Today morning the ultimate truth called death took the thespian Dilip Khan in its embrace. He was keeping an indifferent health for several years and was in and out of hospital frequently. But he fought and for this some credit should also go to his wife, actress Saira Banu, who stood like a rock behind him, taking great care.
His demise is no ordinary event. Sobriquets such as “ End of an Era”, “ the greatest Indian artist ever” etc will not be adequate to describe the loss. He was a national treasure – a national monument. His loss is simply mountainous, an unbridgeable chasm!
In his long career that started with his first movie Jwar Bhata released in 1944 and that spanned almost 6 decades till his last release in 1998, he acted in only 65 movies, which comes to an average of 1 movie per year. And in that sense, he was the first true Khan of the Bollywood- Shahrukh being highly inspired by the thespian’s school of acting, Aamir bring selective like him and Salman trying to reach the height of popularity that Dilip Sahab attained.
To my mind, Ram aur Shyam, a trend setter that immortalised the lost and found theme was the last of the movies reaffirming his superstar status. With several other stars taking centre stage and Rajesh Khanna’s era about to start, Dilip’s magic started waning. Gopi, Dastan, Bairaag, Sagina were some of the movies that readily come to my mind that he did in his later years. Though these were good and thespian acted with his usual aplomb, the old magic was amiss. Then he took a break and came back to set the silver screen and box office on fire in his new avatar- a character actor par excellence. Starting with Kranti, Vidhata, Shakti, Mashaal, Karma, Saudagar – it’s a stuff that embellished the thespian’s profile to a category that one can only aspire but may not be able to reach!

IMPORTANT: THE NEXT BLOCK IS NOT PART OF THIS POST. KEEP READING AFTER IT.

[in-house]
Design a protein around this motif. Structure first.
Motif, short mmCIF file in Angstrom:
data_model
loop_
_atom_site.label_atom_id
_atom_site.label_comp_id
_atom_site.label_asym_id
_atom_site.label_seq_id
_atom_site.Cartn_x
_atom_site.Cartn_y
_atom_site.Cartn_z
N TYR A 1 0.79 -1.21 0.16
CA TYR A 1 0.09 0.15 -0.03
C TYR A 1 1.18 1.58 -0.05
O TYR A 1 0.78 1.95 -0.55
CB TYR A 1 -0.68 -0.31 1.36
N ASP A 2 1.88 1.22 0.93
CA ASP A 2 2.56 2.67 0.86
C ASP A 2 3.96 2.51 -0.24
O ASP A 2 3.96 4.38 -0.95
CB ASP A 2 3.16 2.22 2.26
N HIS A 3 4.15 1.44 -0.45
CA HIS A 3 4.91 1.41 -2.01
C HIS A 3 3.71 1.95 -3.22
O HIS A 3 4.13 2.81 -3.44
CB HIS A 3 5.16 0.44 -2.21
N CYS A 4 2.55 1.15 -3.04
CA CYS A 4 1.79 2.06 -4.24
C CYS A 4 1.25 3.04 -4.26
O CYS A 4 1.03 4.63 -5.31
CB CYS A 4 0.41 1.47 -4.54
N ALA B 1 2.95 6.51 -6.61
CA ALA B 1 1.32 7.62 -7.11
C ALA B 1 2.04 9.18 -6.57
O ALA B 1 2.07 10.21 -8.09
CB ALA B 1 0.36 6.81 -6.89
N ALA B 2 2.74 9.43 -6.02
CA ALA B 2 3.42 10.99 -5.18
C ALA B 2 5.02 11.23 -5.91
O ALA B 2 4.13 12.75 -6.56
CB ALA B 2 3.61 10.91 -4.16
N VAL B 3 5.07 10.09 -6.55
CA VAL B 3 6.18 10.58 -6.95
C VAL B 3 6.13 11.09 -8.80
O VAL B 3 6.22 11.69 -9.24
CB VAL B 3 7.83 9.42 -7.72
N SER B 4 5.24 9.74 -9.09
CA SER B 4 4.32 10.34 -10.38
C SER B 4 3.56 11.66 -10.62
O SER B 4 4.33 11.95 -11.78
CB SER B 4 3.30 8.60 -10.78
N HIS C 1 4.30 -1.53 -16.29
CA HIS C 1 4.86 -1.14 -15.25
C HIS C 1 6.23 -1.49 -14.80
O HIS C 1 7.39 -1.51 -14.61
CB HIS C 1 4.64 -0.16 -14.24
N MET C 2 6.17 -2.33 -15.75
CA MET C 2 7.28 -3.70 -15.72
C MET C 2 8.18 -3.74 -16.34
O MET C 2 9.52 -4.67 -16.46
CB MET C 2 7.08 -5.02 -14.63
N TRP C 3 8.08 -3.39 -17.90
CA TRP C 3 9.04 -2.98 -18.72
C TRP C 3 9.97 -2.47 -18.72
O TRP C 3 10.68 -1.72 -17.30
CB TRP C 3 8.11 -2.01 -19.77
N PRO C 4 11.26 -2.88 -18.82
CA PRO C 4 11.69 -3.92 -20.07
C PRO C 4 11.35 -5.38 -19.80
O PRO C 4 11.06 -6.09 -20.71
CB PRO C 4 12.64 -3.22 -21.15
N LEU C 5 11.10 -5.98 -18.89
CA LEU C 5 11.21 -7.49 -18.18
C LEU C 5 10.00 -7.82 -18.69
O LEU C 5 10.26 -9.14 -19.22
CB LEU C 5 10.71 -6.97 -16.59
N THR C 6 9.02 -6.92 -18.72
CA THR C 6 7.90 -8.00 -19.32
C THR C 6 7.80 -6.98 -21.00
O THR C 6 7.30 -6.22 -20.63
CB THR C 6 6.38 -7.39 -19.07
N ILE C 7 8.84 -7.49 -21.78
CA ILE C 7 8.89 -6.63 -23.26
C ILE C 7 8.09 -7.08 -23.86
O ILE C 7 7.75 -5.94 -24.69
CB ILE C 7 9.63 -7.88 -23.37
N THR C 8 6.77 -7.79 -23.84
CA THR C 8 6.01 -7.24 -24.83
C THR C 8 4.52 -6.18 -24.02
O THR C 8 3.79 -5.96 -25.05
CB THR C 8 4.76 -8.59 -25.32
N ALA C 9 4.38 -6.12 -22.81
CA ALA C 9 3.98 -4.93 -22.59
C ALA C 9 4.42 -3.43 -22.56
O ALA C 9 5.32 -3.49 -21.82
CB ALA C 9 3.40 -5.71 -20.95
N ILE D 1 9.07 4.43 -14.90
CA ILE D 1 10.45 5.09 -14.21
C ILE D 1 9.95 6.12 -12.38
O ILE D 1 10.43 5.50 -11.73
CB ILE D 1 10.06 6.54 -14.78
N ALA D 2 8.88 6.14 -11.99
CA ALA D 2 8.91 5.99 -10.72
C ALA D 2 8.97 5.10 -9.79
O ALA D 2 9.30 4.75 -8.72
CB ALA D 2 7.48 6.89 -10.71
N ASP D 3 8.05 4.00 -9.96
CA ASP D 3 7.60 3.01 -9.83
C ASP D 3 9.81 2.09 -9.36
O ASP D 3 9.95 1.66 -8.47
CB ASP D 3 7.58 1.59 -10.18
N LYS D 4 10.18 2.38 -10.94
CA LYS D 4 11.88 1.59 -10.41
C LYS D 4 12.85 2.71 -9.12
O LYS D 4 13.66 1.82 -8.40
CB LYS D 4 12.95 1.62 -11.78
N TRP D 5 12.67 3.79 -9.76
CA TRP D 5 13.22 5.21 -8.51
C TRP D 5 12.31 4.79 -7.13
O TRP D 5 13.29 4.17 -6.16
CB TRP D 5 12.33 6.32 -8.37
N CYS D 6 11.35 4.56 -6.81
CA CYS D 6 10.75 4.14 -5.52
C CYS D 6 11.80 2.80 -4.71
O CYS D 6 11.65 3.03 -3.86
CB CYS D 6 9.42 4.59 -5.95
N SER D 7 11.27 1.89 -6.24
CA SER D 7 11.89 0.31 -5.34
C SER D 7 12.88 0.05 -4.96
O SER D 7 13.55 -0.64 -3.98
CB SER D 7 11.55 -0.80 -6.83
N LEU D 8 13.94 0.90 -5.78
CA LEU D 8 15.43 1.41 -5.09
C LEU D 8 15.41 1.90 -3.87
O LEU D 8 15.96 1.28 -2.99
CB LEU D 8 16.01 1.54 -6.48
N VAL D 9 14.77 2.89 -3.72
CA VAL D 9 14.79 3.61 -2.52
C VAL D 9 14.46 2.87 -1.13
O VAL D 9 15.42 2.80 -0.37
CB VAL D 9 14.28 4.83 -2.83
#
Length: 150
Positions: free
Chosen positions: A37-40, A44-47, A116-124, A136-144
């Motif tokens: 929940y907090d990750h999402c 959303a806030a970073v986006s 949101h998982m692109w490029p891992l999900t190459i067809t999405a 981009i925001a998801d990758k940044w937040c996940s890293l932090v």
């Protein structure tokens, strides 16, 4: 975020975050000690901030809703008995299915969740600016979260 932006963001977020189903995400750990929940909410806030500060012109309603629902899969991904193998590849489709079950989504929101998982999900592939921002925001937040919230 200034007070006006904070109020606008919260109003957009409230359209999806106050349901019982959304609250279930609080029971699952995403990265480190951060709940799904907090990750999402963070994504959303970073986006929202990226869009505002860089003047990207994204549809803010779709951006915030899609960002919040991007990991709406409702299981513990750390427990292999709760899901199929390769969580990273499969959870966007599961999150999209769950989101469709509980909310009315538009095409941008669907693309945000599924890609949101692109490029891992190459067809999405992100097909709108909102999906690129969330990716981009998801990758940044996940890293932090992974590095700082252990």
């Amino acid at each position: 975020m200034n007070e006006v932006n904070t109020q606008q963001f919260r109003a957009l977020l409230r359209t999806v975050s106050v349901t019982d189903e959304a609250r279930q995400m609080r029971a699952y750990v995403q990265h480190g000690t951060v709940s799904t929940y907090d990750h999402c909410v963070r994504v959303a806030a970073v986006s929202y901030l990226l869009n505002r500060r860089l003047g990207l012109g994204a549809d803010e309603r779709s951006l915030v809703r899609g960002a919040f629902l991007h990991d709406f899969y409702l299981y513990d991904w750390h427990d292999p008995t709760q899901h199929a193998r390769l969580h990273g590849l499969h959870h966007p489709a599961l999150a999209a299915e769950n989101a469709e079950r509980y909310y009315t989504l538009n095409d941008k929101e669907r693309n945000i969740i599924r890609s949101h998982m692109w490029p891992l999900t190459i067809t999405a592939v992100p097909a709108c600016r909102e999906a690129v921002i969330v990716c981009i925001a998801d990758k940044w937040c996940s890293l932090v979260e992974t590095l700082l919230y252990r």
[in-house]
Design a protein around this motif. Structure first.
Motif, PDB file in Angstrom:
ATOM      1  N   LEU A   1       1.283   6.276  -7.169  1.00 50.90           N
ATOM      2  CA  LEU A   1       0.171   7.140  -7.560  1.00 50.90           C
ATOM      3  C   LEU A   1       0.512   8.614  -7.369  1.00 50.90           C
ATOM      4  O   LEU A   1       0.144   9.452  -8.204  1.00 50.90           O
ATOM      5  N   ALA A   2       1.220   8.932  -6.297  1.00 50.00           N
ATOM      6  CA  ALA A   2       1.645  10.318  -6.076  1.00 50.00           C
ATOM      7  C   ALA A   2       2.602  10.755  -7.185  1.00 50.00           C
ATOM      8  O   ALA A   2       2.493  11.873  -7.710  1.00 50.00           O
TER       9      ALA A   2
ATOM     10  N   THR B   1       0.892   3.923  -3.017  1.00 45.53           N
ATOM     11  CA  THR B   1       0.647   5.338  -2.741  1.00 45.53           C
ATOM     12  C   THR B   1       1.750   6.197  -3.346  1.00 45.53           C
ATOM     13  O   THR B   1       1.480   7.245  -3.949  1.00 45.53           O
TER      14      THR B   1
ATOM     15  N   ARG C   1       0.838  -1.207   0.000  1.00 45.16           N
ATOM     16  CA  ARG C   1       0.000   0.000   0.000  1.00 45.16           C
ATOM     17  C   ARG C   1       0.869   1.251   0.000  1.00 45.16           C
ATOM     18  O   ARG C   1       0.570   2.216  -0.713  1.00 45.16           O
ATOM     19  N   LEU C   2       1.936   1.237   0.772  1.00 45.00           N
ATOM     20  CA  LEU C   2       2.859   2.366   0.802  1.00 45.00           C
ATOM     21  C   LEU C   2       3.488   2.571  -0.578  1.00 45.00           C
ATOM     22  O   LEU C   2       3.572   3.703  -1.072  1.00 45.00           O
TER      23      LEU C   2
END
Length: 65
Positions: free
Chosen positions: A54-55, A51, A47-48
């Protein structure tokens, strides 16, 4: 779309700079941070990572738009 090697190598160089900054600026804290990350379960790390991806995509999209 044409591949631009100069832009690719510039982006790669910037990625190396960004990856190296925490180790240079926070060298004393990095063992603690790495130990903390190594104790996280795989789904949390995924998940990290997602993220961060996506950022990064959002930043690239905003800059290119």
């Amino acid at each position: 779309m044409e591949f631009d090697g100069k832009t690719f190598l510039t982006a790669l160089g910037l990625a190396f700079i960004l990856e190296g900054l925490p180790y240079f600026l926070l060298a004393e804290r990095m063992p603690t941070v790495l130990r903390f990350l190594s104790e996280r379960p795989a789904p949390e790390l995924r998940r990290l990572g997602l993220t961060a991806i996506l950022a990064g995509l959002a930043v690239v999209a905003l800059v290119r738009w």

Born Mohammed Yusuf Khan in Peshawar in undivided India, the man developed his own school of acting that mesmerised viewers etching his lasting memories in their hearts. Highly honoured and awarded, his name and fame reached beyond Indian contours. While India honoured him with Padma Vibhushan and Dada Sahab Phalke awards, Pakistan bestowed its highest civilian honour, “ Nishan-e-Imtiaz”. His and Raj Kapoor’s paternal houses in Peshawar are proposed to be converted into Museums by Pakistani government. This will be a great tribute to the doyens of film industry, the breed of actors that’s fast vanishing.
Like any screen icon , the thespian’s personal life was colourful and controversial. Though he found a stable and lasting partner in Saira whom he married in 1966, before her, he had Kamini Kaushal, Madhubala and Vyjantimala in his life. He also married Asma and made her his second wife for a brief period, but ultimately Saira’s love prevailed.
He will remain the doyen, the thespian, the biggest star of Bollywood and continued to be emulated by generation of actors to come.
Rest in peace Mughal-e-Azam or more befittingly Azam-e-Hind, for he was not only Bollywood’s but nation’s pride.